Music: The words of Bob Dylan ...

The genius of Bob Dylan can be reflected in even his lyrics. After all it had been said some years ago that the best interpretations of his work was by other artists and many building a career out of it since the early 1960s.

Thursday, 7th December 2017, 10:37 am
Updated Tuesday, 12th December 2017, 1:02 pm

Bob Dylan 100 Songs (Simon & Schuster, £14.99), is a great compilation of just lyrics.

No comments, no photos, no chronology just the words like a master’s poetry collection and after all this is the first musician to win the Nobel Prize for Literature.

The range is immense and will be studied in centuries to come.

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His social comment like Blowin’ In The Wind, A Hard Rain’s A-Gonna Fall and Masters Of War are a legacy of sorts but add the popularity of Mr Tambourine Man, Like A Rolling Stone, All Along The Watchtower, Knockin’ On Heaven’s Door or Make You Feel My Love which today’s music fans thought was written by Adele.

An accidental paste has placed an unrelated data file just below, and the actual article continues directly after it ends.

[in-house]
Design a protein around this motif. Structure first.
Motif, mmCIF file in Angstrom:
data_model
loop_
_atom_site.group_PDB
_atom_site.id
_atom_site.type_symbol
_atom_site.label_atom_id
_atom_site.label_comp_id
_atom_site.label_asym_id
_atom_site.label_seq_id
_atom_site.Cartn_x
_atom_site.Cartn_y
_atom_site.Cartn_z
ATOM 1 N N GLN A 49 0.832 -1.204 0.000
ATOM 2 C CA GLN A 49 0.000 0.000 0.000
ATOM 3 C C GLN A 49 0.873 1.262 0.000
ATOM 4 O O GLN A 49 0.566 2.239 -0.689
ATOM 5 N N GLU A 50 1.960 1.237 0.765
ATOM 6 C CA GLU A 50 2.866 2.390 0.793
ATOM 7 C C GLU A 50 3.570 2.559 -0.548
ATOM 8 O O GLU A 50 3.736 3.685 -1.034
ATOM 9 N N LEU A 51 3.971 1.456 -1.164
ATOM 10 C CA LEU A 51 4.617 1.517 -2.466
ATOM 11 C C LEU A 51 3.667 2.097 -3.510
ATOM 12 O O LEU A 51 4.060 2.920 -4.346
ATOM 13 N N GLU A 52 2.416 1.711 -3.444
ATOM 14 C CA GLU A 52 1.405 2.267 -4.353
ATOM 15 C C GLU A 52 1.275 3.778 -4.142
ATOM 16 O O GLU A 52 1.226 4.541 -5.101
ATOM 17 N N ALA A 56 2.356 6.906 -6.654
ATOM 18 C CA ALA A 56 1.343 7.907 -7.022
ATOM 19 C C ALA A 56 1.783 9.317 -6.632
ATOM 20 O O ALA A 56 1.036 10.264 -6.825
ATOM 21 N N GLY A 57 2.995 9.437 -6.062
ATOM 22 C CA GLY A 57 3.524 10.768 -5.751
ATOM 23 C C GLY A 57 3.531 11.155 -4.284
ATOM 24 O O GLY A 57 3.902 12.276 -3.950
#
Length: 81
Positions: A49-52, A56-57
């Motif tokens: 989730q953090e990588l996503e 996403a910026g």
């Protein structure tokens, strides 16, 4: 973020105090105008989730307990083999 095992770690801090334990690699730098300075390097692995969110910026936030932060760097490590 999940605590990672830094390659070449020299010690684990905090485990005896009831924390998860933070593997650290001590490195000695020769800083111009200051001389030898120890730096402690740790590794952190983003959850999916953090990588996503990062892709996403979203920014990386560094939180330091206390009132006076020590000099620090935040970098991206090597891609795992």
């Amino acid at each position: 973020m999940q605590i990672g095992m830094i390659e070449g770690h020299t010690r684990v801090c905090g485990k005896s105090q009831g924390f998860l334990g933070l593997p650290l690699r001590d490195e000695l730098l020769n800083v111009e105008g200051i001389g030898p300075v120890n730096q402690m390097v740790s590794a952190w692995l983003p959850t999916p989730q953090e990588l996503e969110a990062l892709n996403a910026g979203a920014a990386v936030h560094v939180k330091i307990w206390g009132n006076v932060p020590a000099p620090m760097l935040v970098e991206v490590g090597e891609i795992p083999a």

As Beatlemania hit the US in 1964 Dylan came here and as artists started covering his songs he had five pop hits himself in 1965.

Take What You Need is a 22 track CD of UK covers from 1964-69 with only Manfred Mann charting with the unreleased If You Gotta Go, Go Now but some rarities have been uncovered.

Chad and Jeremy have a suitably jangly Tambourine Man, Joe Cocker adds soul to Just Like A Woman, Sandie Shaw was ill-advised for Lay Lady Lay and Alan Bown changed the tempo for All Along The Watchtower.

Curios too are here for the collector like the Tim Rice produced Million Dollar Bash by The Mixed Bag which preceded the hit Jonathan King version from 1970.